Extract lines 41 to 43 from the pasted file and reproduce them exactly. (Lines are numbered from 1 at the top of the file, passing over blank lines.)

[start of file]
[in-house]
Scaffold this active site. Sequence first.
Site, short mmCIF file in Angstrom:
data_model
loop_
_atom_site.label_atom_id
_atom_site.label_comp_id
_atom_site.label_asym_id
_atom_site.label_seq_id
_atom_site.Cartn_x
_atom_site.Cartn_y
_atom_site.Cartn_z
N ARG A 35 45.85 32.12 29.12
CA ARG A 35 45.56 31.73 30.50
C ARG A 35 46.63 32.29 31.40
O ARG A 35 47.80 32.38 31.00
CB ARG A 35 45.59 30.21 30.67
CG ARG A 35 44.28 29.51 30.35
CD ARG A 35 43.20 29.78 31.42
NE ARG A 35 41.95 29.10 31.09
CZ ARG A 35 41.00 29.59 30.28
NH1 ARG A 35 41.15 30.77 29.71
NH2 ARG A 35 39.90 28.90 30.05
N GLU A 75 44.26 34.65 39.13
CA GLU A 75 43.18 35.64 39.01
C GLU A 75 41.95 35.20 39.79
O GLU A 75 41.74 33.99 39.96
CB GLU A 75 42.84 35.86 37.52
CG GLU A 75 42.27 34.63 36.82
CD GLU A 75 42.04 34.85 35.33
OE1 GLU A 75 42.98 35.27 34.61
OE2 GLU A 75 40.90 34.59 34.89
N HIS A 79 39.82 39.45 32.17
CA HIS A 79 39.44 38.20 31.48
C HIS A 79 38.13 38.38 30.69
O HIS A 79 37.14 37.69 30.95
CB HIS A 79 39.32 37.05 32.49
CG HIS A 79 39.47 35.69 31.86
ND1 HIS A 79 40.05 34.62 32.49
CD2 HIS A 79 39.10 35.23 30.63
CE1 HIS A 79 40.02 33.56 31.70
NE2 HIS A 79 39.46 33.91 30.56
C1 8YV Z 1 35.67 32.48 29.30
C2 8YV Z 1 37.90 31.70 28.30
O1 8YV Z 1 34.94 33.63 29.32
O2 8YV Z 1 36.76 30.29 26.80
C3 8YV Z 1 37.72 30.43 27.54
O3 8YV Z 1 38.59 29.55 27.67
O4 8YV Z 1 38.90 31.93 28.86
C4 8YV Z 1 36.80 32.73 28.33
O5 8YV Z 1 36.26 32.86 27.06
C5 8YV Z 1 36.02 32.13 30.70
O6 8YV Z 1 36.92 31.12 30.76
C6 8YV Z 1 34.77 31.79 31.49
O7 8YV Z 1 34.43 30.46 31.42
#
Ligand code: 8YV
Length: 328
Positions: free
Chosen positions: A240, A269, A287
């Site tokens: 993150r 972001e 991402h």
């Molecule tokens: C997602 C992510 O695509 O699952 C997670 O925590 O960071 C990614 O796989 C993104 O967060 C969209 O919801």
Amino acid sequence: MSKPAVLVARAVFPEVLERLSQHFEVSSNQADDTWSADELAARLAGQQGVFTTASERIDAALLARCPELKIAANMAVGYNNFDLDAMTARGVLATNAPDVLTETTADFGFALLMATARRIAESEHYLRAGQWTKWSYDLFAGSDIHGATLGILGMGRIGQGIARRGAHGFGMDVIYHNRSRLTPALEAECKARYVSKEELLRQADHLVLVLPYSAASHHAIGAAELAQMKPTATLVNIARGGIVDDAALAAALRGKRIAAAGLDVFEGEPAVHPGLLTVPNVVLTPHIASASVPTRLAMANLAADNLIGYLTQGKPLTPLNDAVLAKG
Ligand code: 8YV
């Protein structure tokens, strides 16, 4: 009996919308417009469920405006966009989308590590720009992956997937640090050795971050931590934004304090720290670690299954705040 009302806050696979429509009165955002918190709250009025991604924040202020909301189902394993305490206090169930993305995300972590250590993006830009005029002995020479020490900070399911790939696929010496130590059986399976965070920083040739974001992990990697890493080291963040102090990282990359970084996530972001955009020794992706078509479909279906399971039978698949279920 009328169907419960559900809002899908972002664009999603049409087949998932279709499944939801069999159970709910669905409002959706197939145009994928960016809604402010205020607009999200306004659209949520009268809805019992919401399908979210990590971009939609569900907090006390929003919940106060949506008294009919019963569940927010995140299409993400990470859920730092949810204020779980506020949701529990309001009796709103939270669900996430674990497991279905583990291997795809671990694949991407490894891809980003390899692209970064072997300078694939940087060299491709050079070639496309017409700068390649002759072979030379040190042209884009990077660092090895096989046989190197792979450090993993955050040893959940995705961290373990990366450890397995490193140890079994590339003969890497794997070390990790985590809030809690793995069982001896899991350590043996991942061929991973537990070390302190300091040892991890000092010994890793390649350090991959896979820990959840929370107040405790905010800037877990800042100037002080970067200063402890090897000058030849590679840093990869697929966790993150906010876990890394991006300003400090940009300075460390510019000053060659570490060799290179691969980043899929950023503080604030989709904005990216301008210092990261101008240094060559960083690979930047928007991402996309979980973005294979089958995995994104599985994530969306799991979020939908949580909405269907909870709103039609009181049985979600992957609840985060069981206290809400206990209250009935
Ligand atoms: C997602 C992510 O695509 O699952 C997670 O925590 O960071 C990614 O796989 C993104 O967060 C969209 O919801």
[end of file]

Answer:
CE1 HIS A 79 40.02 33.56 31.70
NE2 HIS A 79 39.46 33.91 30.56
C1 8YV Z 1 35.67 32.48 29.30